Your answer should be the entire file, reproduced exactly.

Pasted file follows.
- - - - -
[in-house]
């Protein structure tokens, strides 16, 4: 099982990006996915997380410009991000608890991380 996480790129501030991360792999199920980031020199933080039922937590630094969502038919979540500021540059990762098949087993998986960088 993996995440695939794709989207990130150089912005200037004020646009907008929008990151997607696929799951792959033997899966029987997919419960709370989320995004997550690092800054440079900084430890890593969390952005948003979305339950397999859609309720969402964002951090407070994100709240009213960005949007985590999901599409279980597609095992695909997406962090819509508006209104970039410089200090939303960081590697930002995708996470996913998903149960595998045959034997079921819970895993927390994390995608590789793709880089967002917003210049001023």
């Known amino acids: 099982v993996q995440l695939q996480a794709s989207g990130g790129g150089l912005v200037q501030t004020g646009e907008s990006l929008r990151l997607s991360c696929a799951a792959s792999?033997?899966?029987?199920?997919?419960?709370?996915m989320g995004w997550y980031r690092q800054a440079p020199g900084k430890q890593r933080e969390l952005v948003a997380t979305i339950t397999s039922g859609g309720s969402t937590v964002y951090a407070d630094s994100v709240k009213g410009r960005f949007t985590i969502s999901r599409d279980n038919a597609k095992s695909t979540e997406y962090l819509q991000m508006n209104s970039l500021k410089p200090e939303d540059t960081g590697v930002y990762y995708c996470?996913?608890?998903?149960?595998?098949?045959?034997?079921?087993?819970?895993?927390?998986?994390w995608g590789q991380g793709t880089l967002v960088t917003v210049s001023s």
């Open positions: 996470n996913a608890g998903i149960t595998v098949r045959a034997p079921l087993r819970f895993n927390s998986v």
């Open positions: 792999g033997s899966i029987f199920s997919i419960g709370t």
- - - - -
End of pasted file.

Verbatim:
[in-house]
């Protein structure tokens, strides 16, 4: 099982990006996915997380410009991000608890991380 996480790129501030991360792999199920980031020199933080039922937590630094969502038919979540500021540059990762098949087993998986960088 993996995440695939794709989207990130150089912005200037004020646009907008929008990151997607696929799951792959033997899966029987997919419960709370989320995004997550690092800054440079900084430890890593969390952005948003979305339950397999859609309720969402964002951090407070994100709240009213960005949007985590999901599409279980597609095992695909997406962090819509508006209104970039410089200090939303960081590697930002995708996470996913998903149960595998045959034997079921819970895993927390994390995608590789793709880089967002917003210049001023």
């Known amino acids: 099982v993996q995440l695939q996480a794709s989207g990130g790129g150089l912005v200037q501030t004020g646009e907008s990006l929008r990151l997607s991360c696929a799951a792959s792999?033997?899966?029987?199920?997919?419960?709370?996915m989320g995004w997550y980031r690092q800054a440079p020199g900084k430890q890593r933080e969390l952005v948003a997380t979305i339950t397999s039922g859609g309720s969402t937590v964002y951090a407070d630094s994100v709240k009213g410009r960005f949007t985590i969502s999901r599409d279980n038919a597609k095992s695909t979540e997406y962090l819509q991000m508006n209104s970039l500021k410089p200090e939303d540059t960081g590697v930002y990762y995708c996470?996913?608890?998903?149960?595998?098949?045959?034997?079921?087993?819970?895993?927390?998986?994390w995608g590789q991380g793709t880089l967002v960088t917003v210049s001023s």
């Open positions: 996470n996913a608890g998903i149960t595998v098949r045959a034997p079921l087993r819970f895993n927390s998986v």
């Open positions: 792999g033997s899966i029987f199920s997919i419960g709370t």